“When you get over the Nine Standards, don’t forget to stop for a cream tea at the farmhouse,” our landlady reminded us as we left Kirby Stephens, happily full of kipper and eggs.
“Okay,” we nodded and slipped out the door. The day was growing cloudy and damp, the first sign of rain on the trip. After checking the map one more time (we had a rep for being unable to get out of town without getting lost), we headed up hill. Trundle, trundle, trundle—the fog came down quickly.
“I don’t think we should take the high trail,” Mark grumbled at the first turn off. “The book says not to go high if you cannot see the Nine Standards from here.”
“I think we’ll be fine,” I insisted, turning uphill into the clouds.
“The book says you may get lost,” he muttered.
“We’ll be fine,” I sighed as a cairn emerged from the mist. “Do you see them?’
“Nope.” And we climbed, moving peacefully through the silent fog, up the washed out trail, until ten feet away, the Nine Standards formed, shrouded in heavy clouds. Nine huge rock cairns along the ridgeline, built originally no one knows when or why—a common phenomenon in the Yorkshire Dales—but rebuilt in 2004 by a local artist. You can tell the original constructions from the rebuilt, but they still loom, mysterious and wild, in the fog.. We settled into the lee of the largest while Mark worried the maps for the route down. An older man and his dog climbed up, smiled at us, settled into the next cairn, and opened his thermos of tea. The spot felt both homey and wild.
When the next passel of hikers appeared, we headed down, over the hill into the Ravenseat Valley, a remote spot with one old farmhouse and some outbuildings, the reputed source of the cream teas. From above, we could see familiar figures seated on picnic benches, clearly eating…we picked up the pace just in time to observe a Volvo station wagon pull up to the gate and two middle aged plump ladies emerge, clutching books.
“Do you know where you are?” one asked me. It seemed an odd question, given our hiking gear and map.
“Yeah,” I replied, eying the book—clearly a memoir of some sort.
“They are closed,” she sighed, climbing back into the car with a sad sigh.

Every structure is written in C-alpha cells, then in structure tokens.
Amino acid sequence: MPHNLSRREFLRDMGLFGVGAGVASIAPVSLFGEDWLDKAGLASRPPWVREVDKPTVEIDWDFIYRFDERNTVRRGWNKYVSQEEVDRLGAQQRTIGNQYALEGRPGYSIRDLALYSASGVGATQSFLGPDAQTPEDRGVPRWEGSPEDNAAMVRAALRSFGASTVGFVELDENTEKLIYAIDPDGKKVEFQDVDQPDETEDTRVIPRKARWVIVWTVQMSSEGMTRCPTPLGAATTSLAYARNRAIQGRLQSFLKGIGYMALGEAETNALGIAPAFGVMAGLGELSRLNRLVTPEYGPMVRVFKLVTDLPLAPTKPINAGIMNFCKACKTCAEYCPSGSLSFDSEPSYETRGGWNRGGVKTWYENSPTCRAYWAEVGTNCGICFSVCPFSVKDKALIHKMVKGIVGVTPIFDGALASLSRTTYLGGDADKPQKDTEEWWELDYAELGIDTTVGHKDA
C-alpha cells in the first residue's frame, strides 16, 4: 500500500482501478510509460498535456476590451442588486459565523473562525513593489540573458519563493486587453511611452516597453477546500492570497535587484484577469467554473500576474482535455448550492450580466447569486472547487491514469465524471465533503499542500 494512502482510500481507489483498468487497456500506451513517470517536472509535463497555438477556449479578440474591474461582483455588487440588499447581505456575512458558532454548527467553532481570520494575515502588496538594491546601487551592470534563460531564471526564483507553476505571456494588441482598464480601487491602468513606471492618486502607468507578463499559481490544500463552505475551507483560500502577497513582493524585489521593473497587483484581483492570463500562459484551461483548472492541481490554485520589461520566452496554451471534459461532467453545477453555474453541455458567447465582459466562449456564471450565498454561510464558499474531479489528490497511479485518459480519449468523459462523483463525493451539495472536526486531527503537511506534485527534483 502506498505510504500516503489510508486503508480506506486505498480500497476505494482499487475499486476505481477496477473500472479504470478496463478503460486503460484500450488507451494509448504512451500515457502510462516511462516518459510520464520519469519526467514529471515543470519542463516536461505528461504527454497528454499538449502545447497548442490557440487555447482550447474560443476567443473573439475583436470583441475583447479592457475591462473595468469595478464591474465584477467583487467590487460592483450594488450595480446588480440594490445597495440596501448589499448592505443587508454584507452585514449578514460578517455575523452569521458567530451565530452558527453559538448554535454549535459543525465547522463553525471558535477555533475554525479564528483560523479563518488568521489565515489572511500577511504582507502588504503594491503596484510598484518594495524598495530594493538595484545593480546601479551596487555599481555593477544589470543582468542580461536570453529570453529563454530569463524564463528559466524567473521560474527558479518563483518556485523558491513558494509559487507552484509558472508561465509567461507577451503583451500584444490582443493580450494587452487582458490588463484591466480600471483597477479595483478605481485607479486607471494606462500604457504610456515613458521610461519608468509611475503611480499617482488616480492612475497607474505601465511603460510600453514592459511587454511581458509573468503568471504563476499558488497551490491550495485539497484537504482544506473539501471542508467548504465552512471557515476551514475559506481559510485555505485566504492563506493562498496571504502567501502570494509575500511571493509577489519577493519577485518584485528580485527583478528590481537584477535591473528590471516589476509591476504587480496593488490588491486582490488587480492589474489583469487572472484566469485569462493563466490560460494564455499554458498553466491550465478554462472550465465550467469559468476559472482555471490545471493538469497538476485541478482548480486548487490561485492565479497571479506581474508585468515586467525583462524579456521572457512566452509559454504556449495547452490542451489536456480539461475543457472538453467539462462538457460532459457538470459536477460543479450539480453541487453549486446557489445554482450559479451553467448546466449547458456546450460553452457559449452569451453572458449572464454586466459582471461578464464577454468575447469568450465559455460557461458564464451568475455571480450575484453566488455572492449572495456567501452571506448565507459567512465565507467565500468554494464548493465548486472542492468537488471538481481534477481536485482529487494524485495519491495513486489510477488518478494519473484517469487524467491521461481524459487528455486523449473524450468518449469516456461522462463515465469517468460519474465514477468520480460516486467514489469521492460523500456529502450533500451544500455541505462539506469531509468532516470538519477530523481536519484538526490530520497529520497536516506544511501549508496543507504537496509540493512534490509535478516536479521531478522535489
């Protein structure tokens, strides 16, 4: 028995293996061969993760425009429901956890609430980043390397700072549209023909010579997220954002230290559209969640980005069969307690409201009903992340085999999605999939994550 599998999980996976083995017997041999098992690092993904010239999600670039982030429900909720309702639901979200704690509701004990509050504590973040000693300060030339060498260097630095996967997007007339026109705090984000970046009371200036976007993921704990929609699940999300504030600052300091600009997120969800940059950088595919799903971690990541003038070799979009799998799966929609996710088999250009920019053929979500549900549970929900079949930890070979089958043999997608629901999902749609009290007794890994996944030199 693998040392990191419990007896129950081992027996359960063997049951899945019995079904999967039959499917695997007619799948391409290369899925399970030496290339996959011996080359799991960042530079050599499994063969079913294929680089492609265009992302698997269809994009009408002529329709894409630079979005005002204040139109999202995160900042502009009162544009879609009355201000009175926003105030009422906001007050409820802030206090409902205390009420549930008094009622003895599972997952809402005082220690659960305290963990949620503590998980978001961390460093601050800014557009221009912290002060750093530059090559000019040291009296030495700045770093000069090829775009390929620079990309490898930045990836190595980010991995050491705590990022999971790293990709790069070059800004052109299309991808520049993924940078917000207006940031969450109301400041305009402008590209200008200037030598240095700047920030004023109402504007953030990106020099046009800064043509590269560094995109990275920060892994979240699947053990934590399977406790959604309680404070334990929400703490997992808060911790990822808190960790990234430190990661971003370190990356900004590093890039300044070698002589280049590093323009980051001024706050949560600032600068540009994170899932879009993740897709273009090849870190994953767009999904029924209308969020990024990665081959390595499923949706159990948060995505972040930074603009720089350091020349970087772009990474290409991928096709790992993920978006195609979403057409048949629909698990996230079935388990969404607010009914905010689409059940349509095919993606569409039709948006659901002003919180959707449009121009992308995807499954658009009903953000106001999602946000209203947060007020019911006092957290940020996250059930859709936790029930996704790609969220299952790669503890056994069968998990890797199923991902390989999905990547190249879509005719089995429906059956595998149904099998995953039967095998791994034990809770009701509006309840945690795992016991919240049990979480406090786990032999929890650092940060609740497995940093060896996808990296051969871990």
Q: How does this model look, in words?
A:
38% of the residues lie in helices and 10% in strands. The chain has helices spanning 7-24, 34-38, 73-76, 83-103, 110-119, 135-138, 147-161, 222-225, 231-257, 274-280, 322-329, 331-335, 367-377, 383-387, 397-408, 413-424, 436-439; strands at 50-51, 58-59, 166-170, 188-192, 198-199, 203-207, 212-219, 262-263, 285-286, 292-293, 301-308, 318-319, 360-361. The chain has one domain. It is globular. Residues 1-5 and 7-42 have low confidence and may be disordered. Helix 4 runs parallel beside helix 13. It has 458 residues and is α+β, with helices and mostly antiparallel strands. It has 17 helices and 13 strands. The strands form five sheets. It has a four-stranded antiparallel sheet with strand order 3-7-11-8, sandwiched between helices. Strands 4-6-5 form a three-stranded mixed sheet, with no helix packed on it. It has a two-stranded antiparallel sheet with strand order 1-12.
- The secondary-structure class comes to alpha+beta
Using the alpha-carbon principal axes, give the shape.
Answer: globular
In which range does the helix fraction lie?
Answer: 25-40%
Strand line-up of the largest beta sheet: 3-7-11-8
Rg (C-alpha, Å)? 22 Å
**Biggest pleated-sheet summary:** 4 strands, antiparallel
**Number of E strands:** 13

The trail headed downward, so we trundled on and fellow hikers confirmed the rumor—the cream teas were not happening today, but we could eat lunch at the table. When I asked about the significance of the spot, one of the British women nodded wisely.
“Yeah, Julia had tea here on her way through and it was on the BBC, so now there’s a book.”
“The one they were clutching?” Of course.
“It was an impressive looking scone,” she added.
An hour later, we walked into Keld, a tiny cluster of grey stone houses around a crooked road, a herd of sheep, two inns—the Butt House (ours) and Park Lodge—an old church, and a tiny museum, as well as a field for camping and a small swarm of older folks on tour. Small outbuildings are tucked into the patchwork of walled fields surround the village. After dropping our packs and walking sticks, we head downhill to explore. In the center of it all, people are strolling into an attached house and emerging with mugs and trays. Mark looks at me and we head inside. The space is tiny—two shelves holding the usual weird assortment of stuff you find in any campground store, one wobbly table with two metal chairs, and a counter. When I step up, I spot a huge red and gold bag on the floor. “1,500 Yorkshire Tea Bags” it reads. The women in front of us order cream teas, no butter. “Have to watch my weight,” one chuckles. Five minutes later, we find a picnic table, clutching an old metal tea tray, balancing two floral mugs of Yorkshire tea, a huge scone, a pot of clotted cream, a jar of raspberry jam, a pitcher of milk, and some sugar cubes. Heaven.